by Ray Kuhn
Generally moving from the National League to the American League comes with, at the very least, a small bump in the road. However, Houston’s acquisition of Gerrit Cole is likely to have the opposite effect. There are multiple reasons as to why, and while you can’t draw a direct parallel looking at how Justin Verlander performed after his trade to the Astros last summer is a good place to start.
Cole still has a lot to prove in his career before he is truly recognized in the same breath as Verlander, but as far as 2018 rankings go both right-handers reside in the same neighborhood and I would expect the move to Houston to give Cole a boost this season (just as it did for Verlander in 2017). Cole didn’t have a bad 2017, a 3.88 ERA, but it was a disappointment as compared to 2016 and a drop-off from Cole’s 3.50 ERA for his career. He is still young and talented, and regardless of the trade there would still be some optimism.
While the Pirates, rightfully so, have received a great deal of credit for both their approach to analytics and pitching coach Ray Serage, the Astros take things to the next level. The focus in Houston is on throwing your best pitch, minimizing fastball usage, maximizing your strengths and capitalizing on spin rate. All of these things should suit Cole. Despite his struggles last season he did appear to take some of those steps and that should continue.
As we talk about Cole’s struggles last season it really boils down to home runs. He allowed 1.37 home runs per nine innings last year, and even after that outlier his career mark is still 0.77. This is part of the reason why some of the advanced metrics told vastly different stories about his 2017. In reality Cole’s 3.88 ERA could have been worse, but it was a disappointment based on his draft slot and expectations. If you look just at his 3.33 FIP an automatic correction is in order. However, his 4.02 xFIP tells a different story.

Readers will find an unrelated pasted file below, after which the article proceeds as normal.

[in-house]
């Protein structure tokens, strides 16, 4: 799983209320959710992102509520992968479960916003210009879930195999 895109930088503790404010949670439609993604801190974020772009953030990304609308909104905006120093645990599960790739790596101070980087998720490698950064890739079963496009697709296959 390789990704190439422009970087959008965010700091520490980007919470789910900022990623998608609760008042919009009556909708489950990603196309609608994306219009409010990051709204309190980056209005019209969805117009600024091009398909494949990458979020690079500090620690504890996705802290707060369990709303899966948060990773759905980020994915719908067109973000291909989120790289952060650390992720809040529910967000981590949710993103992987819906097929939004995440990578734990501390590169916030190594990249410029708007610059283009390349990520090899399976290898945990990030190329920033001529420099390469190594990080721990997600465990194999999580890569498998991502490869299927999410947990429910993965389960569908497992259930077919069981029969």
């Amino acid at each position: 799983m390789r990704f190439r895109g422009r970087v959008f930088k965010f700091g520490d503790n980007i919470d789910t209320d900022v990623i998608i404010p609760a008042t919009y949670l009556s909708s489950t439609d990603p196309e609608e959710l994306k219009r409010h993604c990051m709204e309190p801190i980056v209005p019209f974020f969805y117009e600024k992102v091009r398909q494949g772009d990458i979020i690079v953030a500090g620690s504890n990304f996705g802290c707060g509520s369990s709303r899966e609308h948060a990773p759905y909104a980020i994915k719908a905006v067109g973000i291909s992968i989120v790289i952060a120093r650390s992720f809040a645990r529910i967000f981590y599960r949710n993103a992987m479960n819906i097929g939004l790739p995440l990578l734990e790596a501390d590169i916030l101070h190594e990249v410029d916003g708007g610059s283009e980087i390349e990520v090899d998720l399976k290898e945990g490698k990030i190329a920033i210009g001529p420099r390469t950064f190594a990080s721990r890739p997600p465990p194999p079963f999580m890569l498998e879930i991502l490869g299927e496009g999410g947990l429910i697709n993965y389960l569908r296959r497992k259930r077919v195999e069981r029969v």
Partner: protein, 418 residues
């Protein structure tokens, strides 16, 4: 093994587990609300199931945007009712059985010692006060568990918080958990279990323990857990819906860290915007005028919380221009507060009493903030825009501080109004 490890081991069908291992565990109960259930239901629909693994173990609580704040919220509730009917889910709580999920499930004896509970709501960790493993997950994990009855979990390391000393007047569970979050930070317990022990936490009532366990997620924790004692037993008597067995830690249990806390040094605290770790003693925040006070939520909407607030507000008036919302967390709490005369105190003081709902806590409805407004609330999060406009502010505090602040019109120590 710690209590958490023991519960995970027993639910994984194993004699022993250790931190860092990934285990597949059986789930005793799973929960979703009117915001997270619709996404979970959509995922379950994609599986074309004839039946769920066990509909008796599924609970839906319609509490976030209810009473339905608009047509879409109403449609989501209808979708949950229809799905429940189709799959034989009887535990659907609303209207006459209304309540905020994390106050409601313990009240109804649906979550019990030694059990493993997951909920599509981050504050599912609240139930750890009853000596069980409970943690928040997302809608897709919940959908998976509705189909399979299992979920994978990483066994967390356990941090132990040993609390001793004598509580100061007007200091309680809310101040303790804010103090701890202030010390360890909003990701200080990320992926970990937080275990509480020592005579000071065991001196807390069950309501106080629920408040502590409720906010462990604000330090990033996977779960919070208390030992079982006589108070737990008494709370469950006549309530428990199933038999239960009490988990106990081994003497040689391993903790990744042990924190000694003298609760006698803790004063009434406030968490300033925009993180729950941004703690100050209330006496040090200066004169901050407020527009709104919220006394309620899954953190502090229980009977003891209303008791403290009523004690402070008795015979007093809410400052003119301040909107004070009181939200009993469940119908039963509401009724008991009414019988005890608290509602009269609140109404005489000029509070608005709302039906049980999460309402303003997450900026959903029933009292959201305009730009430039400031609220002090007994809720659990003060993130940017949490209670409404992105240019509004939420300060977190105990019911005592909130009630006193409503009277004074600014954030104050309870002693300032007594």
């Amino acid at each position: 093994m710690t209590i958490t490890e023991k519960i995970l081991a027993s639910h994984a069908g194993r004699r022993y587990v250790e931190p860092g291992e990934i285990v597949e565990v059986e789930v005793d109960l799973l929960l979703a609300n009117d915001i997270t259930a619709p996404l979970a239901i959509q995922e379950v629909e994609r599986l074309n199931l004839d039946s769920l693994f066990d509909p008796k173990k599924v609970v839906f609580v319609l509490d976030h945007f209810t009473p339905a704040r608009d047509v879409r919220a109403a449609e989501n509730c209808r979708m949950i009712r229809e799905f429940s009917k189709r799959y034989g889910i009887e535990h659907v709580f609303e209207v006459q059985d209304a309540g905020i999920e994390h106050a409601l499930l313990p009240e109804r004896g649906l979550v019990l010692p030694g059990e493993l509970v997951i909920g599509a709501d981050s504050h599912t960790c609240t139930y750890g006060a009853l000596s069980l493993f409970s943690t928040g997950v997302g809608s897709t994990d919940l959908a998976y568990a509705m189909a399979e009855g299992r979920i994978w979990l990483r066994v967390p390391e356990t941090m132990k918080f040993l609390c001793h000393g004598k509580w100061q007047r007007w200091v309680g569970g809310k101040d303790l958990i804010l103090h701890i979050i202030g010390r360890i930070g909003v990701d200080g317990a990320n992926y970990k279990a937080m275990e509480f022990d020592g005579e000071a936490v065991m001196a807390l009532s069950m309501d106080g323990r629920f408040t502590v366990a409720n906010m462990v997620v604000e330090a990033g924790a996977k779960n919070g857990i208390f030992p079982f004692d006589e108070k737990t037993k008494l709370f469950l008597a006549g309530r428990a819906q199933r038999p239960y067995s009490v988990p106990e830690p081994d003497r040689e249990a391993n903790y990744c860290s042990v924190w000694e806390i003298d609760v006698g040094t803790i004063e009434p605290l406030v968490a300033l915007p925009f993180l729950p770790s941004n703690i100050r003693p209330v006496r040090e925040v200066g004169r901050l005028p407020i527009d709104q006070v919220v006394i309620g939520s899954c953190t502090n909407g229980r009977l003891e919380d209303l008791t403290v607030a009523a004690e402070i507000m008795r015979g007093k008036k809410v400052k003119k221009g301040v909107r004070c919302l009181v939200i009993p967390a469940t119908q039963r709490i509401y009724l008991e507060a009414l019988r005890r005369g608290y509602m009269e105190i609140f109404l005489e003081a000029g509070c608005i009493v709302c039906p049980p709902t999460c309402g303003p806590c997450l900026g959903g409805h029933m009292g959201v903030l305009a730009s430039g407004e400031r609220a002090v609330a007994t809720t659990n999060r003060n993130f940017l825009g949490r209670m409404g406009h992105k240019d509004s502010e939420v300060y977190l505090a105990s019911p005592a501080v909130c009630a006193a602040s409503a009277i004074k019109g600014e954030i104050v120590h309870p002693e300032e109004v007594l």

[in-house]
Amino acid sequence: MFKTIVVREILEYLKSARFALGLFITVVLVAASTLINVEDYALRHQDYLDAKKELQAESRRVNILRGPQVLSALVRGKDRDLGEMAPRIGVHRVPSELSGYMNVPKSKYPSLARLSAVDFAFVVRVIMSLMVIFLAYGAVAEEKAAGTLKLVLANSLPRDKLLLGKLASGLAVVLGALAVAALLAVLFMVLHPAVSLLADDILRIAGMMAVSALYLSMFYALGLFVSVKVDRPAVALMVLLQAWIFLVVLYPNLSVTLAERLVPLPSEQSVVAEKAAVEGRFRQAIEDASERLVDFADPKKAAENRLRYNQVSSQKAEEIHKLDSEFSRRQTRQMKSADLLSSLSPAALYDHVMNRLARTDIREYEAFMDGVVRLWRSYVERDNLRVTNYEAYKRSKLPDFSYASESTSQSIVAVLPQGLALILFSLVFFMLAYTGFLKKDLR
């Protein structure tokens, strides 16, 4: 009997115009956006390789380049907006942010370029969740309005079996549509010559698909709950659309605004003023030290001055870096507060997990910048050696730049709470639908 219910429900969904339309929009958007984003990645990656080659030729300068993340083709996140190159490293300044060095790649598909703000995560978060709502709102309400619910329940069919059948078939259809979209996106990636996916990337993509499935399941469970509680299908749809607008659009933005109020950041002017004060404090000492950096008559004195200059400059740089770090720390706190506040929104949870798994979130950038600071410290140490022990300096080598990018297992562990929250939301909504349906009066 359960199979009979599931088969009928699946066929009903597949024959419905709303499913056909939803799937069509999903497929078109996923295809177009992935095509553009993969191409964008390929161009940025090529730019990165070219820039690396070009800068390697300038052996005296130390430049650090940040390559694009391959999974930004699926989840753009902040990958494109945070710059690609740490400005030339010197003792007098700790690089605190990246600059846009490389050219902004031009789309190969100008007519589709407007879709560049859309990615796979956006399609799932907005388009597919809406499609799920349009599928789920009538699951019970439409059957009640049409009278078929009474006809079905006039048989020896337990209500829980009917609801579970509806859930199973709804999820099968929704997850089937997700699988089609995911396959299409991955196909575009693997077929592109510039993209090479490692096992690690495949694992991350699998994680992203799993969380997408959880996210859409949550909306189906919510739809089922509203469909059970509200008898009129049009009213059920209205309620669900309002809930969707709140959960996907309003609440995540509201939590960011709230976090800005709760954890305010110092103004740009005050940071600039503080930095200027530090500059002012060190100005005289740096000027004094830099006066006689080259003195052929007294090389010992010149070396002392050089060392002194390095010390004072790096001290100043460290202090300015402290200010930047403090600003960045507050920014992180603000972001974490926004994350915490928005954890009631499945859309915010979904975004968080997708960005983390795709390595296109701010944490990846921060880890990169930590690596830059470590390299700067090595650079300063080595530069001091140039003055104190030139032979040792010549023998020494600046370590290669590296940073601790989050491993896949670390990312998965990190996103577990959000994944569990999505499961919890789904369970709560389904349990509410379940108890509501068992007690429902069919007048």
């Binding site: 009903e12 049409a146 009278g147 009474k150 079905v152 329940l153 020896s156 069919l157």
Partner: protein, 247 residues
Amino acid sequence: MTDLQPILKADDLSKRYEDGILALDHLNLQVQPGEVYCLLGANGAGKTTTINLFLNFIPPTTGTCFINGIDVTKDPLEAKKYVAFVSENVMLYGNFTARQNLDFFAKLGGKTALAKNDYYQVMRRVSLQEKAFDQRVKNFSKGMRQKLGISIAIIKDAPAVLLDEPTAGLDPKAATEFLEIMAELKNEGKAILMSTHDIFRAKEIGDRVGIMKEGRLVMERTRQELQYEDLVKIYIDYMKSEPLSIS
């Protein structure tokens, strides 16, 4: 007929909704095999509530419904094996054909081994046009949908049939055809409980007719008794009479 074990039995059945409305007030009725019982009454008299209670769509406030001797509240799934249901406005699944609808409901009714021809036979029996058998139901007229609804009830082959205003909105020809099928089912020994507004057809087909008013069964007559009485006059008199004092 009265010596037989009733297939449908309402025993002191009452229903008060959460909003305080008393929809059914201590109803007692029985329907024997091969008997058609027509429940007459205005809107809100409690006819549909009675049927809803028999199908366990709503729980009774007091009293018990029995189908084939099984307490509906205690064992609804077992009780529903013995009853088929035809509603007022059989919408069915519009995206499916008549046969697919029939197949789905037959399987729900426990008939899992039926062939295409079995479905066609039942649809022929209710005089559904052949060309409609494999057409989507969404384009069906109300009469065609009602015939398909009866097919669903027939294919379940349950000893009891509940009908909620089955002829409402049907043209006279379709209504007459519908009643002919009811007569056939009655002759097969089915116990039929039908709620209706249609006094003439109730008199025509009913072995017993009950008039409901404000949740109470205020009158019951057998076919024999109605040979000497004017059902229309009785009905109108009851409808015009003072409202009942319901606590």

Historically all three of those numbers have been relatively in step throughout Cole’s career, and they provide optimism moving forward; 3.50 ERA, 3.27 FIP, 3.47 xFIP. Also he struck out 8.7 batters per nine innings last season compared to a career average of 8.4, so he is in good shape there. All of this will be rendered irrelevant if he doesn’t do something about those home runs. There is some hope that a correction will take place, as his 15.9% home run to fly ball rate stands out as compared to his 6.8% mark in 2016 and 10% career rate.
While his ground ball rate did have a slight dip last season, 45.8% compared to 47.4%, it wasn’t enough to cause much concern. If he updates his approach to move off his fastball and to pitch lower in the zone, his ground ball rate should easily rebound. In turn that means he will be able to take advantage of Houston’s infield defense and shifting.
No one is going to argue with the fact that Cole throws hard, but his regular fastball is very generic as there isn’t much in the way of spin and movement. Last season he reduced his fastball usage by 6.6%, and I wouldn’t be surprised to see that trend continue this season. By the same token he threw about 5% more change-ups last season. The biggest change this season should come in Cole throwing more than the 10% of curveballs he threw last season to take advantage of it’s high spin rate. More importantly he needs to capitalize on what is perhaps his best pitch, his slider, which he threw only 17% of the time last season.
Cole is a talented pitcher who has a lot of good options at his disposal. The biggest thing will be to take advantage of those tools as he alters his approach. Houston will likely work to maximize his strengths while taking advantage of his strong slider, and limit the fly balls which did rise four percent last season.
Overall though the signs are here for Cole to be a strong number two fantasy starter.
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|Starting Pitchers||1-20: 02/20/18|